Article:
Conduct experiments to demonstrate transpiration pull, root pressure and capillarity
Transpiration pull
Transpiration
is the loss of water through the leaves and other parts of the plant.
Mosttranspiration occurs through openings, called stomata, on the
underside of the leaves. Astranspiration occurs, water is lost. This
water is replaced by water in the xylem vessels. Thiscauses an upward
pull (transpiration pull or transpiration stream) on the water in the
vessels.Thus, water is pulled up through the plant, and more enters by
the roots to replace it.
Cohesion
Cohesion
is the force of attraction between similar molecules. Transpiration
pull is possiblebecause water molecules cling to each other by cohesion.
When water molecules cling to eachother as they move up the stem and
into the leaves, they pull up more water molecules up theplant. This
process, however, is facilitated by transpiration pull since the water
molecules lostthrough transpiration is being replaced by more water
molecules absorbed by the roots.
Adhesion
Adhesion
Adhesion
is the force of attraction between different molecules. As water
molecules are stucktogether by cohesion, the entire column of water in
the xylem adheres to the sides of the xylem.It is said that the water in
under tension as the column moves up the xylem. At the same time,
thexylem tube narrows because of the tension.
Cohesion and adhesion forces maintain a continuous column of water in the xylem vessels fromthe roots to the leaves of plants.
Capillarity
Capillarity
is the tendency of water to rise through narrow tubes. The lumen of
xylem tracheidsand vessels is very narrow and this enables water to rise
through it by capillarity. Capillarity isassisted by adhesion and
cohesion forces.
The Concept of Transpiration
Explain the concept of transpiration
Transpiration
is the evaporation of water from plants. It occurs chiefly through the
leaves whiletheir stomata are open for the passage of carbon dioxide and
oxygen during photosynthesis.
Transpiration
also occurs through the cuticle and lenticels. Lenticels are pores in
the stems ofwoody plants that allow gaseous exchange between the
atmosphere and the internal tissues.
The Significance of Transpiration in Plants
Outline the significance of transpiration in plants
Transpiration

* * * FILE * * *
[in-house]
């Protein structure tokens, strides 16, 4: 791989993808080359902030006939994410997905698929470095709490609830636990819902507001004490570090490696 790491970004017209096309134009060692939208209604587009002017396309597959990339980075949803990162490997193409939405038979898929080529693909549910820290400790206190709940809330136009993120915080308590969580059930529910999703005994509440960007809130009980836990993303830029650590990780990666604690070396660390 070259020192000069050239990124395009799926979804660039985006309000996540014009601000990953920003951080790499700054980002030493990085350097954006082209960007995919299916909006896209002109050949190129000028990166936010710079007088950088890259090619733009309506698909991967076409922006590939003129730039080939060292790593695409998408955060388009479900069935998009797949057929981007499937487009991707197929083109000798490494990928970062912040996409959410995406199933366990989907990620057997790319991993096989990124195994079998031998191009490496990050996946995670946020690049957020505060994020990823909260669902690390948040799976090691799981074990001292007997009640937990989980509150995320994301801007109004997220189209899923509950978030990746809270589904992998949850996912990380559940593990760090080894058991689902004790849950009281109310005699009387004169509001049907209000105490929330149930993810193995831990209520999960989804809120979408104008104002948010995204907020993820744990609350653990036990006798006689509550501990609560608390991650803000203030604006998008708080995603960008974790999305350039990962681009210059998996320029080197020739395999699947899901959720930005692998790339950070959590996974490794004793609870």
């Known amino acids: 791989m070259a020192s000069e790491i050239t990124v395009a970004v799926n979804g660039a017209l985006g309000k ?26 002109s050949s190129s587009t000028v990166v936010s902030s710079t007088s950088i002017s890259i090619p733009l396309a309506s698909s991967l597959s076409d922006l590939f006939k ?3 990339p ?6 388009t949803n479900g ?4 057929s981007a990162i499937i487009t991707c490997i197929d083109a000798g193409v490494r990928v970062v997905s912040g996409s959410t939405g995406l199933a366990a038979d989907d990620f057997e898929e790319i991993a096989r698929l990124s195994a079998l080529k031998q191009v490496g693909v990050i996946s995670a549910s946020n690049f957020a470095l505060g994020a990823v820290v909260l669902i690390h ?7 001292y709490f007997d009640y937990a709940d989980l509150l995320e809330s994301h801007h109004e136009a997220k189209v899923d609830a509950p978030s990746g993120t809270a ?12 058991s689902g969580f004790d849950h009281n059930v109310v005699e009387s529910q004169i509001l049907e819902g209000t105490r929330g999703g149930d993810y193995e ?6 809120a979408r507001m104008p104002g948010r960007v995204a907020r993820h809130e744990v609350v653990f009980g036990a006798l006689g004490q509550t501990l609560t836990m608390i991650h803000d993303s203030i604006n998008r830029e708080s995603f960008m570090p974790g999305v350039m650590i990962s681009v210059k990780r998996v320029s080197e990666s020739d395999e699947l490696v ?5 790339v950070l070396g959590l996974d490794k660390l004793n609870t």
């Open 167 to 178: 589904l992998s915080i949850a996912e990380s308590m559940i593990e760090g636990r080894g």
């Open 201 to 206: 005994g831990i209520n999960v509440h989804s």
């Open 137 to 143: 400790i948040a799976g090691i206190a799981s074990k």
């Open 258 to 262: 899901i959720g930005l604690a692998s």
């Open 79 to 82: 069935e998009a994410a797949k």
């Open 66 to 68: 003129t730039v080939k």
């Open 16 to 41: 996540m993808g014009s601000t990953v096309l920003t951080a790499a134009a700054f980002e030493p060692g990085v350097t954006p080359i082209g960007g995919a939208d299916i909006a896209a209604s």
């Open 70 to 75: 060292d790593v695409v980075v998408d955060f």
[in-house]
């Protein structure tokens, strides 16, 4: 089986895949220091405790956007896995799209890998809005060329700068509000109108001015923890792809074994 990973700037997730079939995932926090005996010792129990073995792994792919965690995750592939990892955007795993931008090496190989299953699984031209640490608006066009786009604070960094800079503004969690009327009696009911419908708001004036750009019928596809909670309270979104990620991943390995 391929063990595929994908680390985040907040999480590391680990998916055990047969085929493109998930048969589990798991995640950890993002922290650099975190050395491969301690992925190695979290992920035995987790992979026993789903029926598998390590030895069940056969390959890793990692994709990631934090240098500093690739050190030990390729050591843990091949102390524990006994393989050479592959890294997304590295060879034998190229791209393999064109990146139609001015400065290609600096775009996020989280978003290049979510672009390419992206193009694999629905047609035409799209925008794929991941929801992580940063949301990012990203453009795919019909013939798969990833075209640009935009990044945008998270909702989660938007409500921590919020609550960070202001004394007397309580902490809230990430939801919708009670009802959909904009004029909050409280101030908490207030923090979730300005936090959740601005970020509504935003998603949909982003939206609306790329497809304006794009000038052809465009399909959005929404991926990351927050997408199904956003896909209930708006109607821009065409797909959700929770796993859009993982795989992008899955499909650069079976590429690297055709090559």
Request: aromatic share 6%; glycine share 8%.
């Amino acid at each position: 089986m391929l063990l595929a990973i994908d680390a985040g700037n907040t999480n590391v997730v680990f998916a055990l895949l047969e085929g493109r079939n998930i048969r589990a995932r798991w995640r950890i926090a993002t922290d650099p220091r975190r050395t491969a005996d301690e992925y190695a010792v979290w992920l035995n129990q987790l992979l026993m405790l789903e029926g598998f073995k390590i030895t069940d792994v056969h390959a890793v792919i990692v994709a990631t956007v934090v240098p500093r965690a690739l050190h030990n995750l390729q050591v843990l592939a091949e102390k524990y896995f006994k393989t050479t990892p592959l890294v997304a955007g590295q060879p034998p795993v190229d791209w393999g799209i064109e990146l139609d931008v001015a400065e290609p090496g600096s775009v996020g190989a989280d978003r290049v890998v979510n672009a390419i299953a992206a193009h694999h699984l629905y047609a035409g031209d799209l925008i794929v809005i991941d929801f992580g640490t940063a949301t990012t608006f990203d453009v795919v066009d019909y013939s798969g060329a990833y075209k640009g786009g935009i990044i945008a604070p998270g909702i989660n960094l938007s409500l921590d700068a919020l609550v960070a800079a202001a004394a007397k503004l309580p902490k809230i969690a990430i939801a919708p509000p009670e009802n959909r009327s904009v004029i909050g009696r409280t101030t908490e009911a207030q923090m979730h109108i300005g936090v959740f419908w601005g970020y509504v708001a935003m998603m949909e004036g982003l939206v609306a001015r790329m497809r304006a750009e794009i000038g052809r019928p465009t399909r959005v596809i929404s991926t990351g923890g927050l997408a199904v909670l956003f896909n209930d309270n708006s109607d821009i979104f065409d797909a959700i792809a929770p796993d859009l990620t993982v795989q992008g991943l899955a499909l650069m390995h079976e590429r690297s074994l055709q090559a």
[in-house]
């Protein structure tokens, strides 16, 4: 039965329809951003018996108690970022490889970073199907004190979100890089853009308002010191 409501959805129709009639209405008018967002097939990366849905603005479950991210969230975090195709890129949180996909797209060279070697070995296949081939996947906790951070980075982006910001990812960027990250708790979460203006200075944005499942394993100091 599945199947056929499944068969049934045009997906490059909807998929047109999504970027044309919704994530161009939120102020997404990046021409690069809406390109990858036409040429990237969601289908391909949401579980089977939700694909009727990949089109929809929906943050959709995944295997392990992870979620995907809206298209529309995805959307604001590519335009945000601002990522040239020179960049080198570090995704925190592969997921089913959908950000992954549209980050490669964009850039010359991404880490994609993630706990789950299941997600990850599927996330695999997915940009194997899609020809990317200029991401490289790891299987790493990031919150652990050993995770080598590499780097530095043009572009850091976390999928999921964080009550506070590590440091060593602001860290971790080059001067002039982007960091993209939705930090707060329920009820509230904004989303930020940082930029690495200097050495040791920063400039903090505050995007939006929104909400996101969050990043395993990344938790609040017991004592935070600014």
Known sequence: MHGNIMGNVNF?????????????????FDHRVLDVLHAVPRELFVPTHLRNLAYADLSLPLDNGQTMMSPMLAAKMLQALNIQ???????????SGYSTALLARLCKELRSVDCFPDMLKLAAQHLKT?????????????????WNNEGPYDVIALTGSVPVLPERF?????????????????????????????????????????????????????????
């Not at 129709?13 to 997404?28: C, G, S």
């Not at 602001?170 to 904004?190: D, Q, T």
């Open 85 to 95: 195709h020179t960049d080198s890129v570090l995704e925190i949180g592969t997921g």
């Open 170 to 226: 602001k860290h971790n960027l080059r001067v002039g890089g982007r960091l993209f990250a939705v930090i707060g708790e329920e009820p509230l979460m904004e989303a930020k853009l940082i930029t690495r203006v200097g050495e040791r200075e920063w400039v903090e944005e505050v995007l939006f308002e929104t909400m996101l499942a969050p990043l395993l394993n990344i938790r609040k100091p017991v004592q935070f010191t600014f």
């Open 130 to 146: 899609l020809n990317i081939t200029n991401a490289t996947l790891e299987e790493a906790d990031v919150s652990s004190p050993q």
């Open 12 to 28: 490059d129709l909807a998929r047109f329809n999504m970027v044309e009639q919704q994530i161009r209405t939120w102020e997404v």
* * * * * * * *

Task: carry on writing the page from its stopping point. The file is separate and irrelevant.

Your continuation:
is of immense importance in plant life as it is of great benefit to the
plant. Thefollowing are the reasons why transpiration is important in
plants.
Cooling of the plant
The
leaves absorb the radiant energy. Some of the light energy is utilized
in photosynthesis. Therest is converted into heat energy resulting in an
increase in leaf temperature. However, rapidloss of water in the form
of water vapour from the aerial parts of the plant through
transpirationbrings down their temperature. Transpiration thus provides a
significant cooling effect whichkeeps the plant from being overheated.
Mineral transport
Mineral
salts remain dissolved in the soil water and are absorbed by the roots.
Minerals that arcabsorbed and accumulated in the xylem duct of the root
move up and are distributed in the plantby the transpiration stream.
Water movement
The
absorbed water is transported from roots to leaves through the xylem
vessels. This is greatlyinfluenced by transpiration pull. Water loss due
to transpiration results in the development of lowwater potential in
the leaf tissues. Thus, water moves from the xylem vessels to the leaf
cells.
Development of mechanical tissues
Greater
amount of transpiration helps in the development of mechanical tissues
in plants. Theplants become healthier and more compact, the cell walls
become thick and cutinized and theplants are able to resist the attack
of fungi and bacteria.
Maintenance of turgidity
Transpiration
maintains an optimum degree of turgidity in cells. Under favourable
conditions,plants absorb excess amount of water, which is given off by
transpiration to maintain theoptimum turgidity for better growth.
Increase of taste of fruits
The
solutes inside the cell become more concentrated when transpiration is
rapid. Consequently,the concentration of sugar solution in the cells of
fruits increases and fruits taste sweeter.
Wilting
When
the rate of evaporation is higher than that of absorption of water from
the soil, as it occursduring drought conditions, the plant wilts.
Wilting is beneficial when a plant cannot obtainenough water to replace
that lost by the plant through transpiration because it causes the
closureof the stomata (singular: stoma). Thus, the rate of evaporation
is greatly reduced.
Transpiration as a necessary evil
Transpiration is a necessary evil because of the following facts:-
  1. A large amount of absorbed water is lost during transpiration which is harmful to plants.
  2. Unnecessary wastage of energy takes place during the process of water absorption which islost due to transpiration.
  3. When
    the rate of transpiration is high in plants growing in soil deficient
    in water, an internalwater deficit develops in plants which may affect
    metabolic process.
  4. Many xerophytes undergo structural modifications and adaptations to check transpiration.
Considering
both the beneficial and harmful effects of transpiration, it may be
concluded that itis definitely advantageous in spite of its harmful
consequences.
Factors Affecting the Rate of Transpiration in Plants
Outline factors affecting the rate of transpiration in plants
The rate of transpiration can be affected by both plant features and environmental factors.
Plant factors
These
plant parameters help plants control rates of transpiration by serving